by Philippe Caresse, translated by Bruce Taylor.
Annapolis: Naval Institute Press, 2019. Pp. x, 524.
Illus., maps, tables, diagr., sources, index. $120.00. ISBN: 1591145988
The Apex Battleship
If books were classified as ships, then The Battleships of the ‘Iowa’ Class, A Design and Operational History, by Philippe Caresse, would be a battleship. It’s hardcover, glossy, and heavy, and will displace a bit of space on your desk. It has an impressive array of informative firepower, and there’s enough imagery to entertain someone casually flipping pages, as well as serious naval enthusiasts and professionals. Like a battleship, it is all business; you will not find sailor’s tall tales, clever turns of phrase, or exciting prose, but that does not mean the work is unsatisfying. On the contrary, readers will find the astounding array of facts and details engrossing enough to keep turning pages. Like any battleship designed to fearlessly impress, it is expensive. It is a remarkable, thorough work of naval history and no fleet of books on the matter would be complete without this flagship.
As the title makes clear, this book is about the fast battleships of the “Iowa” class. Four of these ships were built by the U.S. Navy during WWII. Another two were partially constructed, then scrapped after the war. All four completed ships enjoyed long careers, providing service around the globe until the last ship, the Missouri (BB 63) was decommissioned in 1992. Since that time, all four ships remain in civilian service as floating museums, a testament to their long, invaluable service, and quality of design and construction. They are presently docked at Camden, New Jersey; Norfolk, Virginia; Los Angeles, California; and Pearl Harbor, Hawai’i.
The book begins with a proper backstory, explaining the circumstances leading to the Navy’s specifications and development of the class. It then follows the story of the ships in chronological fashion, from their construction to decommissioning.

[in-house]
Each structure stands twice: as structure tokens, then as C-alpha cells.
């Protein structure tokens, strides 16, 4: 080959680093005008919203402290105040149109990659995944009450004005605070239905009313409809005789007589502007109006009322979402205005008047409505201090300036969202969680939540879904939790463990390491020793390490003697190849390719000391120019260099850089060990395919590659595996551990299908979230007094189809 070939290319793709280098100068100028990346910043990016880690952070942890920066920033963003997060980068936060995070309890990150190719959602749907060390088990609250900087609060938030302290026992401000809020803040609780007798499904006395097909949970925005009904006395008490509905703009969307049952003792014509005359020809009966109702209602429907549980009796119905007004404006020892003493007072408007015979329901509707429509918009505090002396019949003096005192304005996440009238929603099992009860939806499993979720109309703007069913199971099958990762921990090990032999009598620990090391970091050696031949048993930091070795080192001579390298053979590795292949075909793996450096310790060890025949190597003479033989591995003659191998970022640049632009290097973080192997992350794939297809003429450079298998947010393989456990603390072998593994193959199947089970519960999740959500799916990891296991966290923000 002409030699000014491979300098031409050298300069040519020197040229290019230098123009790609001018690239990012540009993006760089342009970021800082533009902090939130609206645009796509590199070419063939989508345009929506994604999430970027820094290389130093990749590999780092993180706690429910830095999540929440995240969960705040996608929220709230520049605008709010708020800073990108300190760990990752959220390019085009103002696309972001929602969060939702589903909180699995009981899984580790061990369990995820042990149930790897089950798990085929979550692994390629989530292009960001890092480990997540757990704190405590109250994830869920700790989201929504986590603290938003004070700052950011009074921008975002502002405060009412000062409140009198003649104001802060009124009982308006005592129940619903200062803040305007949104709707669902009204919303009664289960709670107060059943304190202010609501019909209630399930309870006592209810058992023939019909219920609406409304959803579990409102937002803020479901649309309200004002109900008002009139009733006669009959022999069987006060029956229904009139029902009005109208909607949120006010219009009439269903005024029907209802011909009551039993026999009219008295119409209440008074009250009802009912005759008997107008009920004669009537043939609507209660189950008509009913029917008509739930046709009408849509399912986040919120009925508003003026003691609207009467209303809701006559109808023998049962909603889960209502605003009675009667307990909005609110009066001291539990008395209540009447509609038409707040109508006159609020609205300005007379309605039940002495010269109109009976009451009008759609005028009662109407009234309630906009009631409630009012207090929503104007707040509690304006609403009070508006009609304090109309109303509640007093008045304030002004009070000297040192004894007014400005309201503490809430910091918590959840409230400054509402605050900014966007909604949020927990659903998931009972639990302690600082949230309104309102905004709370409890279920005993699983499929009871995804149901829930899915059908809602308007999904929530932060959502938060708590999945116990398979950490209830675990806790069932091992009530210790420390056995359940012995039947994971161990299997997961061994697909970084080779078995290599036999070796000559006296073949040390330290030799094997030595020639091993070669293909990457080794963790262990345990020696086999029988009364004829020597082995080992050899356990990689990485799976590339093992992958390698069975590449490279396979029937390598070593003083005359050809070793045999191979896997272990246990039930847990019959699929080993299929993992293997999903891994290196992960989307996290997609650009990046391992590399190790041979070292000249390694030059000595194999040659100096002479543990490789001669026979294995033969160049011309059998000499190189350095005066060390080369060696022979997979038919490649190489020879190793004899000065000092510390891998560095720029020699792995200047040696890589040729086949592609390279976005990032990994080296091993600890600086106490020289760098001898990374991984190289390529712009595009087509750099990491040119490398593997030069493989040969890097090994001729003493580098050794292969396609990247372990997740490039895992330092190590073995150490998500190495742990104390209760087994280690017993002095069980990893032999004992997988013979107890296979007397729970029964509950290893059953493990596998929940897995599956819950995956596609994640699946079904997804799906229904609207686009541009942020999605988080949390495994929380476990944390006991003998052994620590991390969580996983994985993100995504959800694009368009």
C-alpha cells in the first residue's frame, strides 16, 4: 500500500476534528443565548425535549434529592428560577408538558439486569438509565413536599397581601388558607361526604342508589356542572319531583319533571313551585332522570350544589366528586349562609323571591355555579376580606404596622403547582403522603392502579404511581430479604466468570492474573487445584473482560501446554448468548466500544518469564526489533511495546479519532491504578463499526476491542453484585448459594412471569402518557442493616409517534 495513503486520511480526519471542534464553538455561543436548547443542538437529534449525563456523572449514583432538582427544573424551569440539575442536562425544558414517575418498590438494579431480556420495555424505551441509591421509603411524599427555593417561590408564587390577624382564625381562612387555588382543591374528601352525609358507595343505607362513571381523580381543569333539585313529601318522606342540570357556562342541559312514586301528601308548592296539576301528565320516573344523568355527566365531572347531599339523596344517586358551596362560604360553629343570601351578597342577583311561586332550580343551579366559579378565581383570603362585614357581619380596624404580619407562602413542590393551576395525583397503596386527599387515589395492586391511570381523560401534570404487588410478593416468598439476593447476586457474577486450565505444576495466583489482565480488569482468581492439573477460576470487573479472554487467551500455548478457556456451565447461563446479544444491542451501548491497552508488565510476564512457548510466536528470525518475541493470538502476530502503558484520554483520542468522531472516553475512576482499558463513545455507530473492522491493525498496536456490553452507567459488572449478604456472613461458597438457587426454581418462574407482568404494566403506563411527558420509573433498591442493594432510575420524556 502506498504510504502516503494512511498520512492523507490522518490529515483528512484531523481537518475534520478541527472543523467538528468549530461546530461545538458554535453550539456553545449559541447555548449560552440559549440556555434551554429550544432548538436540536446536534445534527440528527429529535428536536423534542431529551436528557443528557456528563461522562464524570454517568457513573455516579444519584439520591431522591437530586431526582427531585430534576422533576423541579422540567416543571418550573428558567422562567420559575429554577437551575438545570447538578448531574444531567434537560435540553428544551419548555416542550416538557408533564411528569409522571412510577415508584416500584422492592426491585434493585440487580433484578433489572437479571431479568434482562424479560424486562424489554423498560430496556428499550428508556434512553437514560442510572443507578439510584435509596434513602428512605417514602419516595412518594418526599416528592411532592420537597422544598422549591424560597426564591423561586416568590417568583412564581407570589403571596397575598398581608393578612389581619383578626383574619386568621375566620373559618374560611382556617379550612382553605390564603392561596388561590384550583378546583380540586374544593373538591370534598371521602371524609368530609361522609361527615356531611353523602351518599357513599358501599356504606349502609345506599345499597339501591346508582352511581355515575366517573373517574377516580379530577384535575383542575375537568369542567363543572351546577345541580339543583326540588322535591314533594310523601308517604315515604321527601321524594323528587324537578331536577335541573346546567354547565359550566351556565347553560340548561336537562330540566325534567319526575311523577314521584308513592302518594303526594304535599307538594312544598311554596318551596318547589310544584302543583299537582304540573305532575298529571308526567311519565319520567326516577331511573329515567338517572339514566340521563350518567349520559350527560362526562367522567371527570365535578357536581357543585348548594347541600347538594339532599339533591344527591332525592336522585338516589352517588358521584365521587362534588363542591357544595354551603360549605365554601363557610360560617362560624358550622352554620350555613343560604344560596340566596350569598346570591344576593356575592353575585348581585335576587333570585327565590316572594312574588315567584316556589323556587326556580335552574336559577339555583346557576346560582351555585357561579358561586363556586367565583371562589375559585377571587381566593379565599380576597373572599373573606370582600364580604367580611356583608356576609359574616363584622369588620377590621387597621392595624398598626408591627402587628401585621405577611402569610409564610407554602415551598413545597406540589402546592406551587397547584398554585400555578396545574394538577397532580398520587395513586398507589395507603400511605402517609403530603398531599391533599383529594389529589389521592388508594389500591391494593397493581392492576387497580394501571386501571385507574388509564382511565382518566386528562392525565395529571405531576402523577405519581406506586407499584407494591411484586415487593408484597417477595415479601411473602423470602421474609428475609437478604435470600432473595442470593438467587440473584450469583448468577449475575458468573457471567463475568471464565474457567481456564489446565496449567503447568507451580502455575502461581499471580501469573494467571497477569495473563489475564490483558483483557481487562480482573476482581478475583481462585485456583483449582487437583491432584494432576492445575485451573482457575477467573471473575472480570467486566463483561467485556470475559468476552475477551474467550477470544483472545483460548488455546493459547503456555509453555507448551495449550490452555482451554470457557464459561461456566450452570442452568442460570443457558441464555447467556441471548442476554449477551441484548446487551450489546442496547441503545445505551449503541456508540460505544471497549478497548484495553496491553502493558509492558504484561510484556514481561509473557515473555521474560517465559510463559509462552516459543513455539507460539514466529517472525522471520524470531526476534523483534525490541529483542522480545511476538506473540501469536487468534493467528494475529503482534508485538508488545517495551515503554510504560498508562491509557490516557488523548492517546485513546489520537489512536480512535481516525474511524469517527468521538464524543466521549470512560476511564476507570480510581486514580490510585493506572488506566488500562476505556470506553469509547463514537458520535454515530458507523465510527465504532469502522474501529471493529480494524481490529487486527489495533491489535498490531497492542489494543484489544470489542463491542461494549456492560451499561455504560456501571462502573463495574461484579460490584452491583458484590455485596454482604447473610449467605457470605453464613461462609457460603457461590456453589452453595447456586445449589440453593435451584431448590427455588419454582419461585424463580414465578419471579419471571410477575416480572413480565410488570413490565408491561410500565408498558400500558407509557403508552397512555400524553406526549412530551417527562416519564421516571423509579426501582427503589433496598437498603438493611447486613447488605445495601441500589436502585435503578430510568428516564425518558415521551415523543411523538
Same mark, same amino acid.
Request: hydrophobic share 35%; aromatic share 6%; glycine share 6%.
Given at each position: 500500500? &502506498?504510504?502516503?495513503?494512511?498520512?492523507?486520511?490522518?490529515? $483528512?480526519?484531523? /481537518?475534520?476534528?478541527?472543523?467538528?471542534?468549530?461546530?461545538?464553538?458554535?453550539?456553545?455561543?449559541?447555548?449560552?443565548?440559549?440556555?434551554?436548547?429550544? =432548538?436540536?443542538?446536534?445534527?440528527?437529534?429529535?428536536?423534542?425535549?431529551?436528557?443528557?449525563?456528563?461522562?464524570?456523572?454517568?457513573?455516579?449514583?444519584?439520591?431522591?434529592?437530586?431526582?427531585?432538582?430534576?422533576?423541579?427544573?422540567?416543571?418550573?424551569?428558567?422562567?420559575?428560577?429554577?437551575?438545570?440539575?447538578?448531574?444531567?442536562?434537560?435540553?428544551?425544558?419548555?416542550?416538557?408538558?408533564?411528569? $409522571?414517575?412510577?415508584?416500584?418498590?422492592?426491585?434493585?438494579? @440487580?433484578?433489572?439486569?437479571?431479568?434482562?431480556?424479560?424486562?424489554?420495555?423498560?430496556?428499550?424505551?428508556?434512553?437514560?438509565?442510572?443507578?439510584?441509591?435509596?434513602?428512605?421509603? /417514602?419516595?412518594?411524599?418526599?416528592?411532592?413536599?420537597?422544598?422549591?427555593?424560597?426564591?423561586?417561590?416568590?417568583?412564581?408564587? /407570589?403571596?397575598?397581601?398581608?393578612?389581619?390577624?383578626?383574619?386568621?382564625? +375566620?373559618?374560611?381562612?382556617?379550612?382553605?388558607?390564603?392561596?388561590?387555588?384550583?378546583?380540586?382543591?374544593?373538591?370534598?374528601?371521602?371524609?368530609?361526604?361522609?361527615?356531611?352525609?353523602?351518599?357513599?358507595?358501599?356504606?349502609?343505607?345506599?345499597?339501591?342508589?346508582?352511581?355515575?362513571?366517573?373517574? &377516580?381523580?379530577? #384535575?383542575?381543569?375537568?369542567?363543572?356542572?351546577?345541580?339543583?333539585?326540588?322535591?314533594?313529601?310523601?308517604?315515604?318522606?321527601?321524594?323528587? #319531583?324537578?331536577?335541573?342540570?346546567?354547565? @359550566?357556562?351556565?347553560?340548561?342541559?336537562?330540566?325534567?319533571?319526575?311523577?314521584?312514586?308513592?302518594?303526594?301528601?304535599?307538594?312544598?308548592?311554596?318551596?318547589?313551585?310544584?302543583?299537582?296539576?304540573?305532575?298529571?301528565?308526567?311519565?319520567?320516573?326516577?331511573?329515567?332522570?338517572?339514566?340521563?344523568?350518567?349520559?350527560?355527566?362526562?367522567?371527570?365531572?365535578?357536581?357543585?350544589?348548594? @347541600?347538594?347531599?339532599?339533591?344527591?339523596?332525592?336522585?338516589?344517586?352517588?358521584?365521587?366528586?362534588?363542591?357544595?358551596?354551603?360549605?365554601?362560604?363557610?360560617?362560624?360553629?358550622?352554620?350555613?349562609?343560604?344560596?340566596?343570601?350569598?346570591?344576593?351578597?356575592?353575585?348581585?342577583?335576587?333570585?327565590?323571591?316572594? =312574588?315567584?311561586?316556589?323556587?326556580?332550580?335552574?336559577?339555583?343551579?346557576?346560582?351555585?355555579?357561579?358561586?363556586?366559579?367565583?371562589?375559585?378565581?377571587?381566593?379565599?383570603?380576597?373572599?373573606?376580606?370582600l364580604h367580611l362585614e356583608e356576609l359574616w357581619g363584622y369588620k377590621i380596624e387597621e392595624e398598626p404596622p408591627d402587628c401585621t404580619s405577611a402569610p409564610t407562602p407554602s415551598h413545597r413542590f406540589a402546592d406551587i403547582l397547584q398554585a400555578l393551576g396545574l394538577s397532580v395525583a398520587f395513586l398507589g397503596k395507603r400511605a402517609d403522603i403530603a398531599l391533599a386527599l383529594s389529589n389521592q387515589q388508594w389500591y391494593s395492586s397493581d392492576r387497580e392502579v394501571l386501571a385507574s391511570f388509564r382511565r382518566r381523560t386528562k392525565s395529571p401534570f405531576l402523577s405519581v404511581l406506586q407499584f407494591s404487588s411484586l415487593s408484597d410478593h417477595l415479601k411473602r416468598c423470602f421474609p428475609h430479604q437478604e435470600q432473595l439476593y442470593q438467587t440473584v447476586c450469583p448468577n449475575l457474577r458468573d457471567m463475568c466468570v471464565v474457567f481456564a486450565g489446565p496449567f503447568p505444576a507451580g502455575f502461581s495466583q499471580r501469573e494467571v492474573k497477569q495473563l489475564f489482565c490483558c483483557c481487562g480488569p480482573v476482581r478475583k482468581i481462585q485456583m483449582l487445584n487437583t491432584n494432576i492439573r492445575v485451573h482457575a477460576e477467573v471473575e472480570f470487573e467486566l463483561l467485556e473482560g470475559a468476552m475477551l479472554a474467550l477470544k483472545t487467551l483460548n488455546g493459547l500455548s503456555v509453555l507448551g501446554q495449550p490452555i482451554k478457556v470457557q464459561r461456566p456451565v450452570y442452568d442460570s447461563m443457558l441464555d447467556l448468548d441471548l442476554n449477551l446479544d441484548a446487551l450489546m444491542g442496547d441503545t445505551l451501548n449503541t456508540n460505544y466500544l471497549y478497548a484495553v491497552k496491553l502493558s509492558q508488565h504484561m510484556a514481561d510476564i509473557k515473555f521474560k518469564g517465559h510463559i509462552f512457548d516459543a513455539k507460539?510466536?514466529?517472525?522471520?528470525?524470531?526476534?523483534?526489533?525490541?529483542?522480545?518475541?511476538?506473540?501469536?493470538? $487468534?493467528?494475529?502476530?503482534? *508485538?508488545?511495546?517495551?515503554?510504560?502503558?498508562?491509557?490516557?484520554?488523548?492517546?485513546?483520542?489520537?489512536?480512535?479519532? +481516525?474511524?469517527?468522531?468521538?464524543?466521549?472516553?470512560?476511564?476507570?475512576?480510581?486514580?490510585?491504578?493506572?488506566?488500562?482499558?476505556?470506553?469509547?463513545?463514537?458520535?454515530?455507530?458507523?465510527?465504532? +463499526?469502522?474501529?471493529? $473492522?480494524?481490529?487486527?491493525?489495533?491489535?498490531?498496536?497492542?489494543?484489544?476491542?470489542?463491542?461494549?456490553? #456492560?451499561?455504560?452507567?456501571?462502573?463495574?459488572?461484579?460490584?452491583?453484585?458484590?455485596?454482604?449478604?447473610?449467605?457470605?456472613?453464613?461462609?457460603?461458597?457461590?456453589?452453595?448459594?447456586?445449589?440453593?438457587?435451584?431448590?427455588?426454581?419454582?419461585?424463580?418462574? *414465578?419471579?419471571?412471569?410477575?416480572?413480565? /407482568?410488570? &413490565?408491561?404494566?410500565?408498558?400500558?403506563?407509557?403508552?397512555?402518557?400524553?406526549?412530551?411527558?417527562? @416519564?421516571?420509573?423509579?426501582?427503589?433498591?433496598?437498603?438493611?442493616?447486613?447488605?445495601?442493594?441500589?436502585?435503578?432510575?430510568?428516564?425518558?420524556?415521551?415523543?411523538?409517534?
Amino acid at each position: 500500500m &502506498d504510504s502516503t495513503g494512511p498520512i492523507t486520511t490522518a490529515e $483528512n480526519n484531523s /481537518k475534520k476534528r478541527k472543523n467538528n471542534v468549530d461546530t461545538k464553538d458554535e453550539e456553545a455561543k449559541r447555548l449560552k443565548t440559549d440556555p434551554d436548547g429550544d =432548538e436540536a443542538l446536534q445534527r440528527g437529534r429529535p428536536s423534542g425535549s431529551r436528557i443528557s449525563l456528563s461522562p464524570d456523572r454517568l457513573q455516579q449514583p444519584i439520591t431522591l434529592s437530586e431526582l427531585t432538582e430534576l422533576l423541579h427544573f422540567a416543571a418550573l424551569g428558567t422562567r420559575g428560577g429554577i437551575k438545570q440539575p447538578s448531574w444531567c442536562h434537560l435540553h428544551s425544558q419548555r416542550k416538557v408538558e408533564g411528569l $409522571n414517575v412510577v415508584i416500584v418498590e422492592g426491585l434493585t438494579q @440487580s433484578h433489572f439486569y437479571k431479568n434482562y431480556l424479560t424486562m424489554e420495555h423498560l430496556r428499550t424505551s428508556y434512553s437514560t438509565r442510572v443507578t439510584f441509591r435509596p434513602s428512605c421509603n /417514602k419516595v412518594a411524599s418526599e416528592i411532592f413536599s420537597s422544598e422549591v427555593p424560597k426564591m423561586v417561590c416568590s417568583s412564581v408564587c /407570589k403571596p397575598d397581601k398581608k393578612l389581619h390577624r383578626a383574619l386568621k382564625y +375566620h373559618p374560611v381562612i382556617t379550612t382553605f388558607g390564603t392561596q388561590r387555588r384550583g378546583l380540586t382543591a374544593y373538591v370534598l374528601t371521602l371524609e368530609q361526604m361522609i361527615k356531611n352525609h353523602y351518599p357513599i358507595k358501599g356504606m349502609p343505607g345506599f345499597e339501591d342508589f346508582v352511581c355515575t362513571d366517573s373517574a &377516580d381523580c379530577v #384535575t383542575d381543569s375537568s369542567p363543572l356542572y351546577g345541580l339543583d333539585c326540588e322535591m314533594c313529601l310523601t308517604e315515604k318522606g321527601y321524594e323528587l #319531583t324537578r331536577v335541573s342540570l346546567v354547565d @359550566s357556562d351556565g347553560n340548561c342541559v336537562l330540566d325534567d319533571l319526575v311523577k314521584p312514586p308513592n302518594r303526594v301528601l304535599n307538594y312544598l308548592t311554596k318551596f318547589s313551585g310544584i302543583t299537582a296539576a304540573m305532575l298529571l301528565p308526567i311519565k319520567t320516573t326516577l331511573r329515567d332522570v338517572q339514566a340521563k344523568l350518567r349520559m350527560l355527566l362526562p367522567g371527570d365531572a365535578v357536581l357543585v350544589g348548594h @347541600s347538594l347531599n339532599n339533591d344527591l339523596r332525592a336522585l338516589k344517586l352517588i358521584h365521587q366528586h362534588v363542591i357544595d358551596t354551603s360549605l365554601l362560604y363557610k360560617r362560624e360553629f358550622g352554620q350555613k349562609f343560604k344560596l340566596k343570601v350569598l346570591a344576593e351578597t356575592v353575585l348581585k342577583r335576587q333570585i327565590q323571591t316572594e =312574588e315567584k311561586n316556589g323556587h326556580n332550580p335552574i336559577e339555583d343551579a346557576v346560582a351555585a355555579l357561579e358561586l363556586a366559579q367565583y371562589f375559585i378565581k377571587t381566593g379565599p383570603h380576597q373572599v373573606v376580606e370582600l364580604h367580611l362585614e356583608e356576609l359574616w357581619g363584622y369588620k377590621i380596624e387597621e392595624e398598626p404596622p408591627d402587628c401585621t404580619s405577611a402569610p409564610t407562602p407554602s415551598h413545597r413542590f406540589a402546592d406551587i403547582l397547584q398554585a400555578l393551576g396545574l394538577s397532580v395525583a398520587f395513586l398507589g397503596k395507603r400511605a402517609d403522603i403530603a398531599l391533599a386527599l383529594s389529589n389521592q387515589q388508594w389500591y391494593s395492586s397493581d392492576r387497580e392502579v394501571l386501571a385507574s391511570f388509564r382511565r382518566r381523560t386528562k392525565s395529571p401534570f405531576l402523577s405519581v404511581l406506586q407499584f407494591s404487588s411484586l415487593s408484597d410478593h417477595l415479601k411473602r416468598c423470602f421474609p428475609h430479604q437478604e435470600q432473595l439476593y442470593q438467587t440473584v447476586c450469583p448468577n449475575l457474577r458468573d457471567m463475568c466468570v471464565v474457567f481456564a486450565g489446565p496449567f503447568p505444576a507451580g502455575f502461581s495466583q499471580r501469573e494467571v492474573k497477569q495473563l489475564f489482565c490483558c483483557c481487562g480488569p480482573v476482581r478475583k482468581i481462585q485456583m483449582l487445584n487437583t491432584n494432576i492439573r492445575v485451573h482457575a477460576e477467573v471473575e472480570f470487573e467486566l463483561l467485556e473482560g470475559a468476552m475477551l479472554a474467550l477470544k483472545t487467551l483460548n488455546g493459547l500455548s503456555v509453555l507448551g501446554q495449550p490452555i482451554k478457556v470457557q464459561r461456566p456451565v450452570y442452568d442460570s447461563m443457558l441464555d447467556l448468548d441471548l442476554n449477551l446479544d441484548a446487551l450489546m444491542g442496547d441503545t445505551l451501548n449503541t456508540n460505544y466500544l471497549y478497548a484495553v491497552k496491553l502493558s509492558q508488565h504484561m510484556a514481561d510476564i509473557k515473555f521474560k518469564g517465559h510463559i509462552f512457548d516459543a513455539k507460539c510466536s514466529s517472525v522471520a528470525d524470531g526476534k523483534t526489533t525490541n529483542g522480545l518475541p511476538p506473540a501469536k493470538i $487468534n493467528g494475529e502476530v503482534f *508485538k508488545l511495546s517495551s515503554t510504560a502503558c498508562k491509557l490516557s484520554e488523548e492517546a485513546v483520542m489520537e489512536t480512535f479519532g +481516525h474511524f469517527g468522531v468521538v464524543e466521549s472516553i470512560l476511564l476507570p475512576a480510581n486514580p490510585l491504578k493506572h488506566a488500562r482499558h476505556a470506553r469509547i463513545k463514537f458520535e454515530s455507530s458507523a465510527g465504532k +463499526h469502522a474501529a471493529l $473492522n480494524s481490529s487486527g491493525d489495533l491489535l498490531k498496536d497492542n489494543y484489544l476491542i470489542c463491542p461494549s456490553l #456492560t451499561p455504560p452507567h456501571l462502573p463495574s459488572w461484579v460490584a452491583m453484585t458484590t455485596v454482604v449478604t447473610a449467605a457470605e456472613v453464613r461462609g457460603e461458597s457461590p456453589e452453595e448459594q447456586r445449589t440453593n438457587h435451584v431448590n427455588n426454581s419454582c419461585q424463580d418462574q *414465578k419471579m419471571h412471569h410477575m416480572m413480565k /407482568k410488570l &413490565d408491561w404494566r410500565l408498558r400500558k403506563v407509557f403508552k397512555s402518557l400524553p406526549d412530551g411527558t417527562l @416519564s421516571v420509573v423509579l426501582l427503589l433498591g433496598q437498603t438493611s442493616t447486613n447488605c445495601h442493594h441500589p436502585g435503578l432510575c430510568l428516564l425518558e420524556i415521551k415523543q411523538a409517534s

Opening the book feels like unlocking a treasure chest, with each heavy, glossy page containing some remarkable gem of information or photography. Diagrams are sprinkled throughout the book to provide additional specifics about key components such as gun turrets, AA and missile mounts, and camouflage patterns. There is an abundance of black-and-white images as well as full color pictures which provide a close-up, sailor’s-eye look into the ship’s history.
Of note is the plentiful trivia woven into the text of the book as the ships’ stories are told. No detail appears spared or glossed-over. If you want to know how many tons of oil Missouri burned while conducting operations against Okinawa and Kyushu, it’s in there, on page 82. If you want to know what types of radar each ship mounted, it’s in there, on page 117. There are even specifications for the equipment which served aboard the ships from the Mk-6 rafts, to the various helicopters, to the “R2-D2”-looking Phalanx guns (pp. 74-75). The weight of each type of shell for the many guns is specified.
The book contains surprises. There are several pictures of the Japanese surrender on the deck of the Missouri. The photos show Soviet and French officers among the many present on deck. It’s one of those little surprises of which not everyone is aware. Chapter Twelve briefly mentions that the ships must be kept in a condition that permits the Navy to take back and reactivate them in the event of a “national emergency.” Who knew? And these are but a couple of the surprises.
The back of the book contains sources, acknowledgements, and most helpfully, a proper, seven-page long index.
The author, Philippe Caresse, is a veteran of the French Navy and a harbor-master with an incredible affinity for naval history. He has co-authored two other books, on French battleships and armored cruisers. The book has been seamlessly translated from French to English by Bruce Taylor, who has done such an impressive job that readers probably won’t realize the work is translated.
Battleships of the Iowa Class will provide hours of enjoyable reading and browsing. It’s the kind of book that buyers will be proud to own, and should have a long shelf-life in any library.
StrategyPage reviews are published in cooperation with The New York Military Affairs Symposium